Back to the Future of Food Trucks
When we first looked at mobile vending, Mark’s Carts in Ann Arbor had only just opened and El Guapo, the popular taco and burrito truck based in Madison Heights, was at the end of a year-long challenge with the city of Detroit to get mobile vending laws changed to allow more to operate on the streets. (Their 60 trips to city hall is now the stuff of local legend.) As mobile vending momentum gained, Ferndale took a “come one, come all” approach, but not without some backlash from brick and mortar businesses that felt mobile vendors were at an unfair advantage.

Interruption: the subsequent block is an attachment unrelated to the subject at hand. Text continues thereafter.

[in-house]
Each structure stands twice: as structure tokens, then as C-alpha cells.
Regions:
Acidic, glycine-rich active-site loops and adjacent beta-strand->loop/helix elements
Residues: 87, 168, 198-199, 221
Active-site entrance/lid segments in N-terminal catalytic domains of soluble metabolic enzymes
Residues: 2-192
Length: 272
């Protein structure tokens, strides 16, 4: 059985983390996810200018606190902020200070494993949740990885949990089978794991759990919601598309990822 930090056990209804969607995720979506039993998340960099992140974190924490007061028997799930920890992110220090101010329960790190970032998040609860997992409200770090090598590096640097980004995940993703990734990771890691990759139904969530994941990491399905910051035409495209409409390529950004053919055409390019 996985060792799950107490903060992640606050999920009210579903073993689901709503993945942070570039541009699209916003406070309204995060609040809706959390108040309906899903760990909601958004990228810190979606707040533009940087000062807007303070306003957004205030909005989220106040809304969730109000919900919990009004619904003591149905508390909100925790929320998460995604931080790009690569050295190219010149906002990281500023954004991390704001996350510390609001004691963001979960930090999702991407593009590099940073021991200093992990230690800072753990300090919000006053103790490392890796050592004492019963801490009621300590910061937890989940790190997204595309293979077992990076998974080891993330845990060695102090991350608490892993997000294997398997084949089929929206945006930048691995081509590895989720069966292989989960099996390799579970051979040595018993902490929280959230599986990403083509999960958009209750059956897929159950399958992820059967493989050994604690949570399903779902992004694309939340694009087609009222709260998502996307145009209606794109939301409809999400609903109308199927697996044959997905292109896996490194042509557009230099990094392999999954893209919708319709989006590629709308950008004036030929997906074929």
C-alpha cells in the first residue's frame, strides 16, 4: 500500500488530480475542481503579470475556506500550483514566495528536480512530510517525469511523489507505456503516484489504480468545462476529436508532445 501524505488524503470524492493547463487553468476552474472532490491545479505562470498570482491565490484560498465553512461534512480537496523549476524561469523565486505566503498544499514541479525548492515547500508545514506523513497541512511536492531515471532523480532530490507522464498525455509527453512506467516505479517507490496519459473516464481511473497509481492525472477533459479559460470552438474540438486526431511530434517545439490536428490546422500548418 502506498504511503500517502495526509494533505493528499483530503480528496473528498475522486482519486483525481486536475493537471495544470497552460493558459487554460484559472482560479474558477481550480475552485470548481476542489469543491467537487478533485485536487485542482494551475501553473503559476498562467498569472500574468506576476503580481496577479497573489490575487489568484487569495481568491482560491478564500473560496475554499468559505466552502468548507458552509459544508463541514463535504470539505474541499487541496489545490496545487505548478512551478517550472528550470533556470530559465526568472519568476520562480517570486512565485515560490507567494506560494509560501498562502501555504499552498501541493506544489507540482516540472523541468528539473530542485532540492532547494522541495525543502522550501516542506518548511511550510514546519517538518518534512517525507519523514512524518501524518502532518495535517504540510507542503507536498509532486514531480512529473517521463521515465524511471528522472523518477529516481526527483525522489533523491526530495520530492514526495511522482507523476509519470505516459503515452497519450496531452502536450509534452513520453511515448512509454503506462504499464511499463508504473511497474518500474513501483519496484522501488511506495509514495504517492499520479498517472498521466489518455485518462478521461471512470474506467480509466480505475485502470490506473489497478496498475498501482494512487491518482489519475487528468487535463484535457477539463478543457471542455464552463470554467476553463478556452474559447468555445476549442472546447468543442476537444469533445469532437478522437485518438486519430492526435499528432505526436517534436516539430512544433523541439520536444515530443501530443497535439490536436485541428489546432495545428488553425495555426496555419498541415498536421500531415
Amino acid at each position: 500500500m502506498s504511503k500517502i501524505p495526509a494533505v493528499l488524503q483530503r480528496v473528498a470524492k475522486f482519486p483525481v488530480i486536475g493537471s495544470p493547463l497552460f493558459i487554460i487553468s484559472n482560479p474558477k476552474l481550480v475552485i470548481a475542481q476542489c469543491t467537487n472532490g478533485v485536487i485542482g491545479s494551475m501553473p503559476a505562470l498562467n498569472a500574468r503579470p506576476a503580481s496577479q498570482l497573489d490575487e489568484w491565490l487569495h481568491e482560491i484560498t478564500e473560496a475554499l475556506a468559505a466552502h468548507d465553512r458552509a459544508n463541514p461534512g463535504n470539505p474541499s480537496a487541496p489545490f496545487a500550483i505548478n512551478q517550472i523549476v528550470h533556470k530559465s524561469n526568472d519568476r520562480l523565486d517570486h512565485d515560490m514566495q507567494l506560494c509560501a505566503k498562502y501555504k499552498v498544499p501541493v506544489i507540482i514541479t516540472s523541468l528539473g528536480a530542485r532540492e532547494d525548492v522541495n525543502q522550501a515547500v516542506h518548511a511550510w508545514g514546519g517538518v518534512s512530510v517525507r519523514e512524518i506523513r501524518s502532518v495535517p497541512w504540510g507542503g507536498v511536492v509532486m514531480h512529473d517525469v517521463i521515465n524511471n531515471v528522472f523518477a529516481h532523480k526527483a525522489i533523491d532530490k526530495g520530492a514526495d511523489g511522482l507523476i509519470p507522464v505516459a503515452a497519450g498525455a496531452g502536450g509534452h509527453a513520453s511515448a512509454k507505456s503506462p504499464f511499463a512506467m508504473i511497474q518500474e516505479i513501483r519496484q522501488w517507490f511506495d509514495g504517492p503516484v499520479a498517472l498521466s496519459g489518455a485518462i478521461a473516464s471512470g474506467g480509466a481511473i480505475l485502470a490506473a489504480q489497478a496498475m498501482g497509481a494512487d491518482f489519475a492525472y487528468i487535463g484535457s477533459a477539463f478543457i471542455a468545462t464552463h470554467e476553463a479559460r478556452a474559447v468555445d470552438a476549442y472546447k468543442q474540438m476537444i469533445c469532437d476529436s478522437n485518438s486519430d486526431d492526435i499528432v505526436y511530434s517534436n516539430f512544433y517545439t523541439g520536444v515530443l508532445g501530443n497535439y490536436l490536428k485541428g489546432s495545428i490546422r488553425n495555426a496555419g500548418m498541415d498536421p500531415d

Now here we are, almost two years later, and mobile vendors seem to have found a comfortable place in the marketplace. While no laws have changed allowing these businesses to operate freely on the streets, there is now a more comfortable set of rules governing their operation – where the health department didn’t seem to know what to do with them initially, the difficulties that the early adopters once faced seem to have diminished and there’s a general (if not yet entirely consistent) consensus as to what they need to do in order to legally operate.